• Angiak - Alaska
  • Animalite - Spain
  • Aniukha - Siberia, Russia
  • Asanbosam - Africa
  • Asema - South America
  • Asiman - West Africa
  • Aswang - Philippines
  • Ataru - West Africa
  • Atraiomen - Caribbean Islands
  • Aufhocker - Germany
  • Azeman - Surinam
  • Bajang - Malaysia
  • Baka - HooDoo Tradition
  • Bantu (Bantu Dugong, Bantu Parl, Bantu Saburo) - India
  • Baobhan Sith - Scotland's Highlands
  • Bas - Malaysia
  • Bebarlang - Philippines
  • Bela Kiss - Czinkota, Budapest, Hungary
  • Bhauangkara - Tibet
  • Bhūta - India
  • Bibi - the Balkans
  • Blautsauger - Germany
  • Brahmaparush - India
  • Bruja - Spain and Central America
  • Bruxa/Bruxo - Portugal
  • Callicantzaro - Greece
  • Camazotz - Maya Mythology
  • Canchus - Peru
  • Catacano - Crete
  • Cihuateteo - Aztec Mythology
  • Chedipe - India
  • Chordewa - Bengal
  • Chupacabra - Puerto Rico, Chile, Mexico, The United States of America
  • Churel - India
  • Cihuacoatl - Aztec
  • Cihuateteo - Mexico
  • Dachnavar - Armenia
  • Dala-Kumara Yaka - Sri Lanka
  • Danag - Philippines
  • Dearg-due - Ireland
  • Dhampire - Slovakia
  • Dila - Philippines
  • Doppelsauger - Germany
  • Draugr - Norse
  • Edimmu - Sumer
  • Empusia - Ancient Greece
  • Eretik - Russia
  • Eretica - Russia
  • Estrie - Jewish Tradition
  • Fealaar - Scottland
  • Fifollet - United States
  • Gayal - India
  • Ghul - Arabia الغول , Japan, the Philippines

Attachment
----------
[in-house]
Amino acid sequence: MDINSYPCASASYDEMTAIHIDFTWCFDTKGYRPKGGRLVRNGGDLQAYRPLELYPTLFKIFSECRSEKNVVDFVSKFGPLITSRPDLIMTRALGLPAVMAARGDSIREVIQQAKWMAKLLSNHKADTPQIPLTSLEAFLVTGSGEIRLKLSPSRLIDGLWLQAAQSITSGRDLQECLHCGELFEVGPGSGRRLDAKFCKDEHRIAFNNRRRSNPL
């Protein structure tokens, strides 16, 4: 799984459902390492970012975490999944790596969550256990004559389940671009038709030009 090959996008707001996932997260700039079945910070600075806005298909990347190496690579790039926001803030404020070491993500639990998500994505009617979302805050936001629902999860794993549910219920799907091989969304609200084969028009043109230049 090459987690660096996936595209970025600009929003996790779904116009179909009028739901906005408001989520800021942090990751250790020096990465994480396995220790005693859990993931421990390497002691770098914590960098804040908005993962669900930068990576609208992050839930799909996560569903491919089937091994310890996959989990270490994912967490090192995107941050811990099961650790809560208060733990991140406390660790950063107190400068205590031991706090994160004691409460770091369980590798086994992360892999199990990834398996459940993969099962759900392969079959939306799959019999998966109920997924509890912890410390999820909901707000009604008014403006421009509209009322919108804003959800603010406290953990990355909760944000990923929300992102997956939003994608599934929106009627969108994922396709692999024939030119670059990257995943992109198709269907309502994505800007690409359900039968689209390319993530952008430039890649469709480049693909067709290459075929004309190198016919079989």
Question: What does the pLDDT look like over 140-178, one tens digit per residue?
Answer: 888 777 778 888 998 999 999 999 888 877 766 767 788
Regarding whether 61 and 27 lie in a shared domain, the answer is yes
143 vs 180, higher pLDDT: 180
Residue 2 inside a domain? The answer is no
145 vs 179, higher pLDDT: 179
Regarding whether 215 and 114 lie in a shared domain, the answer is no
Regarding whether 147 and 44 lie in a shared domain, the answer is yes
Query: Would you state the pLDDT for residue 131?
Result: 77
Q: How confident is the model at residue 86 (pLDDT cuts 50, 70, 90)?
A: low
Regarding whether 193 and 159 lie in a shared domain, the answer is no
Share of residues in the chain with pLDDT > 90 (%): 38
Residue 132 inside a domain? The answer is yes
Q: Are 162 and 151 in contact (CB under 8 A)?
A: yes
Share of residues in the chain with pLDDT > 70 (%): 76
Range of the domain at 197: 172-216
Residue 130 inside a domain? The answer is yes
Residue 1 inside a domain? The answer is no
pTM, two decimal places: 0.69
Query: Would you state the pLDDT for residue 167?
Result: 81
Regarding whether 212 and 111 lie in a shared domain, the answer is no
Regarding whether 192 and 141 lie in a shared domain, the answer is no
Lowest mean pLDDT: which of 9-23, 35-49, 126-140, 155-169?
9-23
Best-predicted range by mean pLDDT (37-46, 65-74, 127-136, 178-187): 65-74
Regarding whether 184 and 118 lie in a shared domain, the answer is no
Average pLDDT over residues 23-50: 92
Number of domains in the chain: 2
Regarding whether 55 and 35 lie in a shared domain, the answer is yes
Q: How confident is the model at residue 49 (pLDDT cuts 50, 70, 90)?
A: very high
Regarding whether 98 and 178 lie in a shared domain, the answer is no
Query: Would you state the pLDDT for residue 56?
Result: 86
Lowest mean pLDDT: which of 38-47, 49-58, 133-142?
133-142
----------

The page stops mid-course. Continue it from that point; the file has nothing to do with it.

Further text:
• Glastig - Scotland
  • Hannya - Japan
  • Haubui - Norwegian
  • Hisi-Hsua-Kuei - China
  • Hupia - Taíno
  • Inovercy - Russia
  • Jaracaca - Brazil
  • Jenglot - Indonesian and Malaysian
  • Jiang Shi 僵屍 or 殭屍 - China
  • Jigarkhwar - India
  • K'uei - China
  • Kalu-Kumara Yaka - Sri Lanka
  • Kappa 河童 - Japan
  • Kasha - Japan
  • Kataknana - Crete
  • Kephn - Burma
  • Kozlak - Dalamatia
  • Krvopijac - Bulgarian
  • Kudlak - Czechoslovakia
  • Kuzlak - Dalmatia
  • Kukudhi - Albania
  • Kyuuketsuki 吸血鬼 - Japan
  • La Llorona - Central America and the United States
  • Lamia - Libya
  • Lampire - Bosnia
  • Langsuir - Malaysia
  • Lapps - Lapland
  • Leanashe - Ireland
  • Lemures - Ancient Rome
  • Leanhaum-shee - Ireland
  • Liebava - Moravia
  • Lidérc - Hungary
  • Lobishomen - Brazil and Portugal
  • Loogaroo - Caribbean Islands
  • Lugat - Albania
  • Manananggal - Philippines
  • Mandurugo - Philippines
  • Mara - Slavonic
  • Masan - India
  • Mati-Anak - Malaysia
  • Melusine - France
  • Mercure Galant - France 1693
  • Mmbyu - India
  • Muroni - Romania
  • Nachtzehrer - Germany
  • Nelapsi - Slovakia
  • Nora - Hungary
  • Nosferatu - Romania
  • Obayifo - West Africa
  • Obur - Bulgarian
  • Ohyn - Poland
  • Ol' Higue - Jamaica
  • Opyrb - Slavic
  • Pacu Pati - India
  • Pelesit - Malaysia
  • Penanggalan - Malaysia
  • Peuchen - Chile
  • Pichal Peri - India
  • Pishtaco - South America, Peru
  • Rakasahas - India
  • Riri Yaka - Sri Lanka
  • Sava Savanović - Serbia
  • Shtriga - Albania
  • Soucouyant - Trinidad
  • Strega - Italy
  • Strigoi - Romania
  • Strix/Striga - Ancient Rome
  • Strzyga - Slavic
  • Suangi - New Guinea
  • Sukuyan - Caribbean
  • Sybaris - Greece
  • Talamaur - Australia
  • Thayé - Burma
  • Tlahuelpuchi - Mexico
  • Ubour - Bulgaria
  • Upier - Polish
  • Upir - Ukraine
  • Upyr - Russian
  • Uruku - Mesopotamia
  • Ustrel - Bulgaria
  • Utukku - Sumer
  • Vapir - Bulgarian
  • Vârcolac - Romania
  • Varkolak - Bulgaria
  • Vendalla - Ethiopia
  • Vhlk'h dlaka - Greece
  • Vjesci - Germany
  • Vampir - Slovenia
  • Vourdalak - Russia
  • Vrykolakas βρυκόλακας - Greece
  • Vrykolatios - Santorini
  • Wak Wak - Philippines
  • Wurdulac - Russian
  • Yama - Tebet, Nepal and Mongolia
  • Yara-ma-yha-who - Australia
  • Yaka - Sri Lanka
  • Yaksha - Sri Lanka, India
  • Zorfabio - New Zealand
  • Zaolas - Brazil